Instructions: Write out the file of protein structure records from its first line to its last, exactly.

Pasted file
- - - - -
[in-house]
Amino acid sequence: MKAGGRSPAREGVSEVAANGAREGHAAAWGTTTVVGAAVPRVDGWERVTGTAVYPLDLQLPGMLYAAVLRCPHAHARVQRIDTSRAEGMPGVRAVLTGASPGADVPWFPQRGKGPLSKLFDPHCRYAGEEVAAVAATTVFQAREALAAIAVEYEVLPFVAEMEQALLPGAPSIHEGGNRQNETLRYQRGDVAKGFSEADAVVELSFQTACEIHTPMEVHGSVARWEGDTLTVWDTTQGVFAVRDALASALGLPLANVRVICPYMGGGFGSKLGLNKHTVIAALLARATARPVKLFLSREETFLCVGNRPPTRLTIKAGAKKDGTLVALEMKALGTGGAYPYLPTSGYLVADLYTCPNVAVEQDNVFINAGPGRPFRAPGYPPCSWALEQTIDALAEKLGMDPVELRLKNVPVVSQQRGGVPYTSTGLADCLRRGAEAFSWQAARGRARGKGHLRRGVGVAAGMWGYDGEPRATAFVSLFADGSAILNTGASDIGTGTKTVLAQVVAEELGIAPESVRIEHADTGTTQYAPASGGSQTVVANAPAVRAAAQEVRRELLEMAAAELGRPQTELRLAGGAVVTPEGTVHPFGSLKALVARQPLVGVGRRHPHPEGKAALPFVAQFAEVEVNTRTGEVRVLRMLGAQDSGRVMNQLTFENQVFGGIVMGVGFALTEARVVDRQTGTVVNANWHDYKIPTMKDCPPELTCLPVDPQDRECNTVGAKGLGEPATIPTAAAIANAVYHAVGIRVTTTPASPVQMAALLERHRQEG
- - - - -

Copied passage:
[in-house]
Amino acid sequence: MKAGGRSPAREGVSEVAANGAREGHAAAWGTTTVVGAAVPRVDGWERVTGTAVYPLDLQLPGMLYAAVLRCPHAHARVQRIDTSRAEGMPGVRAVLTGASPGADVPWFPQRGKGPLSKLFDPHCRYAGEEVAAVAATTVFQAREALAAIAVEYEVLPFVAEMEQALLPGAPSIHEGGNRQNETLRYQRGDVAKGFSEADAVVELSFQTACEIHTPMEVHGSVARWEGDTLTVWDTTQGVFAVRDALASALGLPLANVRVICPYMGGGFGSKLGLNKHTVIAALLARATARPVKLFLSREETFLCVGNRPPTRLTIKAGAKKDGTLVALEMKALGTGGAYPYLPTSGYLVADLYTCPNVAVEQDNVFINAGPGRPFRAPGYPPCSWALEQTIDALAEKLGMDPVELRLKNVPVVSQQRGGVPYTSTGLADCLRRGAEAFSWQAARGRARGKGHLRRGVGVAAGMWGYDGEPRATAFVSLFADGSAILNTGASDIGTGTKTVLAQVVAEELGIAPESVRIEHADTGTTQYAPASGGSQTVVANAPAVRAAAQEVRRELLEMAAAELGRPQTELRLAGGAVVTPEGTVHPFGSLKALVARQPLVGVGRRHPHPEGKAALPFVAQFAEVEVNTRTGEVRVLRMLGAQDSGRVMNQLTFENQVFGGIVMGVGFALTEARVVDRQTGTVVNANWHDYKIPTMKDCPPELTCLPVDPQDRECNTVGAKGLGEPATIPTAAAIANAVYHAVGIRVTTTPASPVQMAALLERHRQEG